Also, I am not sure how Ansys handles academic licenses, but if it's just a lower cost variation of the standard pricing scheme, there are specific numbers of cores that are license-optimized. I'd double check that what I am telling you applies for academic licensing, but basically the way it works for standard licensing is that you need one "solver" license which allows you to run the program plus you get 4-cores for free along with the solver. Then "HPC Packs" allow you to use more cores, but they scale non-linearly based on the equation, (cores allowed)=2^(2*(HPC Packs)+1) + 4. Thus, 1 HPC gives you 12 cores, 2 HPC gives you 36 cores, 3 gives you 132 cores, etc. You can leverage the fact that the marginal cost of licensing an additional core is zero until you cross one of these thresholds.
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Old   December 14, 2020, 03:23
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Thank you very much for this first indication. My biggest problem is that switching form Ryzen (dual channel ram) to something less limited, would go from 1.8 straight to 3k for a similiar configuration with threadripper.

Thank you also for explaining hpc licensing, i will keep that in mind. Let us then wait if someone has experience with Ryzen (or amd in general) and can suggest a better amd configuration (also with less powerful and chaper AMD graphics card?).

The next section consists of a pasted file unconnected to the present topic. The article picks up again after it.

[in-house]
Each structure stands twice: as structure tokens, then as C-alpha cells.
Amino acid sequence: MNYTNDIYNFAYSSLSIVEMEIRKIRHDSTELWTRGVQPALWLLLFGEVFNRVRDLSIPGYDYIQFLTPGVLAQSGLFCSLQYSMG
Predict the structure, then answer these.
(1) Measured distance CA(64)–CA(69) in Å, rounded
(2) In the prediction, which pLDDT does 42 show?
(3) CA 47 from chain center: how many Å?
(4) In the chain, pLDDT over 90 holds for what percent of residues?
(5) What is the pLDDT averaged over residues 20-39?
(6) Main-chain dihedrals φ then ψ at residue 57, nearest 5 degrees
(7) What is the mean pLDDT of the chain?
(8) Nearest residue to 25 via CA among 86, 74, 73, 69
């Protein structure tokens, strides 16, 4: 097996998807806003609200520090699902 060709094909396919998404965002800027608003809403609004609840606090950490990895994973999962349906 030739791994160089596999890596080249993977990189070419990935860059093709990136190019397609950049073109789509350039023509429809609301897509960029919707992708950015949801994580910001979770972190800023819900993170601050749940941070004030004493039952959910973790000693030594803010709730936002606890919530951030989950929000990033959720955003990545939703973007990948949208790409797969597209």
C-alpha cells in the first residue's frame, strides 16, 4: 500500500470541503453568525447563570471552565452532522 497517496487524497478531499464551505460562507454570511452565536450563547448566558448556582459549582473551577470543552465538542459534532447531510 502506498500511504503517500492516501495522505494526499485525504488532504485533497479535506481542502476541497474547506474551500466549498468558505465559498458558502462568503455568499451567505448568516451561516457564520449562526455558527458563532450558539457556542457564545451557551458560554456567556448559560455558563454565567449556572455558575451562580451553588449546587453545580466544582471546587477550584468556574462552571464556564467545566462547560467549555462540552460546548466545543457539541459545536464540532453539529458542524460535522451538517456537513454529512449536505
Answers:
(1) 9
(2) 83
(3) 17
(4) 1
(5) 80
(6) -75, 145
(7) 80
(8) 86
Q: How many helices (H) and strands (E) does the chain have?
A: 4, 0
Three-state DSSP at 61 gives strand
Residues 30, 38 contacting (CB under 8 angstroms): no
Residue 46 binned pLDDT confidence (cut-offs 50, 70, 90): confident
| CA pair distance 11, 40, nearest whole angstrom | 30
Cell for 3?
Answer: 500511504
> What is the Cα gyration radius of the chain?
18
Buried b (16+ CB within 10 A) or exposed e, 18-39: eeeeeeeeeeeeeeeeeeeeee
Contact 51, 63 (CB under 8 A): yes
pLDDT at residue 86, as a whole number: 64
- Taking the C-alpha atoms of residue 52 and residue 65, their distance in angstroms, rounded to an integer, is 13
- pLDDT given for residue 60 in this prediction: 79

Best Regards,

Alessandro
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Old   December 14, 2020, 17:27
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If you want non-ECC RGB RAM for Ryzen I would definitly go with Micron E-Die (Crucial Ballistix). Samsung B-Die is also very popular for Ryzen but, if not changed, limited on 8 GB (SR) and 16 GB (DR). So you would need 4x DR modules which means higher load on the RAM controller and reduced effort of the high B-Die frequencies. E-Die is cheaper and the sweatspot between price and performance. In the beginning of 2020 Balistix 32 GB Modules came onto the market (it exists also a 32 GB DR ECC Kingston E-Die module). So I would take 2x32 GB Crucial Ballistix or the ECC pendant.

For cooling I would prefer an Arctic Liquid Freezer with more than one Fan (240, 280, 360).